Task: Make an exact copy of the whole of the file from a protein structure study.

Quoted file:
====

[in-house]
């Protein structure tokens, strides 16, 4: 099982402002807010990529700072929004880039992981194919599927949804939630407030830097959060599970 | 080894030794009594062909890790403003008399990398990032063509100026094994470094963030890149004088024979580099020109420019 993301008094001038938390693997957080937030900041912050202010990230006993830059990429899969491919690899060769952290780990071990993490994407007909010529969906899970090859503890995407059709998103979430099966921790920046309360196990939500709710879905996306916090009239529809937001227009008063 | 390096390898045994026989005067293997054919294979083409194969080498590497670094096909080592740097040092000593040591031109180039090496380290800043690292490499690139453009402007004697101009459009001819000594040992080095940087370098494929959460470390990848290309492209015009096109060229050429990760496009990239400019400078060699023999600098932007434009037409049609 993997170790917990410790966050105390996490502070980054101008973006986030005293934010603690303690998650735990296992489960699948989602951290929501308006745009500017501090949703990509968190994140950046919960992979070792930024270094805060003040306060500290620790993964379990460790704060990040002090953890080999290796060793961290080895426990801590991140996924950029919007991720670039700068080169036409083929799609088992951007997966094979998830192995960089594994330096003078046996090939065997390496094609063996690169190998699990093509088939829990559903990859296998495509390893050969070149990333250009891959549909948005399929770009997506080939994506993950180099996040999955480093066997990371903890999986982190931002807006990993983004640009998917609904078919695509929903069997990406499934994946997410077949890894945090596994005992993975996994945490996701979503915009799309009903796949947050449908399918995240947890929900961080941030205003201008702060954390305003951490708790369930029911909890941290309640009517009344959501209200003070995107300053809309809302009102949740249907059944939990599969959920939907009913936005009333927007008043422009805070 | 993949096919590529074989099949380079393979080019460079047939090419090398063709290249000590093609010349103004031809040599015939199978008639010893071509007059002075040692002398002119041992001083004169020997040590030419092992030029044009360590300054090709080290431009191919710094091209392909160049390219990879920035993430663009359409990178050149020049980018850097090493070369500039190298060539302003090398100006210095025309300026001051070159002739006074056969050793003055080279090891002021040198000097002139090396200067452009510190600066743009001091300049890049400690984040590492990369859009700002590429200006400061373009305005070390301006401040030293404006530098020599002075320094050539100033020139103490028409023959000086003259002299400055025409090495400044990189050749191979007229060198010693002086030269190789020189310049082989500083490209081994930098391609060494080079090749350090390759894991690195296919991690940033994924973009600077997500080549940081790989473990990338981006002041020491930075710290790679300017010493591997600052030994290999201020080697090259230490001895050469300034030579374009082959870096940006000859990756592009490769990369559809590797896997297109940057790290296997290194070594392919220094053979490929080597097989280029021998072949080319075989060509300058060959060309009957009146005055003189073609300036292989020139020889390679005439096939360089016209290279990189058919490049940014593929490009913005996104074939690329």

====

[in-house]
């Protein structure tokens, strides 16, 4: 099982402002807010990529700072929004880039992981194919599927949804939630407030830097959060599970 | 080894030794009594062909890790403003008399990398990032063509100026094994470094963030890149004088024979580099020109420019 993301008094001038938390693997957080937030900041912050202010990230006993830059990429899969491919690899060769952290780990071990993490994407007909010529969906899970090859503890995407059709998103979430099966921790920046309360196990939500709710879905996306916090009239529809937001227009008063 | 390096390898045994026989005067293997054919294979083409194969080498590497670094096909080592740097040092000593040591031109180039090496380290800043690292490499690139453009402007004697101009459009001819000594040992080095940087370098494929959460470390990848290309492209015009096109060229050429990760496009990239400019400078060699023999600098932007434009037409049609 993997170790917990410790966050105390996490502070980054101008973006986030005293934010603690303690998650735990296992489960699948989602951290929501308006745009500017501090949703990509968190994140950046919960992979070792930024270094805060003040306060500290620790993964379990460790704060990040002090953890080999290796060793961290080895426990801590991140996924950029919007991720670039700068080169036409083929799609088992951007997966094979998830192995960089594994330096003078046996090939065997390496094609063996690169190998699990093509088939829990559903990859296998495509390893050969070149990333250009891959549909948005399929770009997506080939994506993950180099996040999955480093066997990371903890999986982190931002807006990993983004640009998917609904078919695509929903069997990406499934994946997410077949890894945090596994005992993975996994945490996701979503915009799309009903796949947050449908399918995240947890929900961080941030205003201008702060954390305003951490708790369930029911909890941290309640009517009344959501209200003070995107300053809309809302009102949740249907059944939990599969959920939907009913936005009333927007008043422009805070 | 993949096919590529074989099949380079393979080019460079047939090419090398063709290249000590093609010349103004031809040599015939199978008639010893071509007059002075040692002398002119041992001083004169020997040590030419092992030029044009360590300054090709080290431009191919710094091209392909160049390219990879920035993430663009359409990178050149020049980018850097090493070369500039190298060539302003090398100006210095025309300026001051070159002739006074056969050793003055080279090891002021040198000097002139090396200067452009510190600066743009001091300049890049400690984040590492990369859009700002590429200006400061373009305005070390301006401040030293404006530098020599002075320094050539100033020139103490028409023959000086003259002299400055025409090495400044990189050749191979007229060198010693002086030269190789020189310049082989500083490209081994930098391609060494080079090749350090390759894991690195296919991690940033994924973009600077997500080549940081790989473990990338981006002041020491930075710290790679300017010493591997600052030994290999201020080697090259230490001895050469300034030579374009082959870096940006000859990756592009490769990369559809590797896997297109940057790290296997290194070594392919220094053979490929080597097989280029021998072949080319075989060509300058060959060309009957009146005055003189073609300036292989020139020889390679005439096939360089016209290279990189058919490049940014593929490009913005996104074939690329």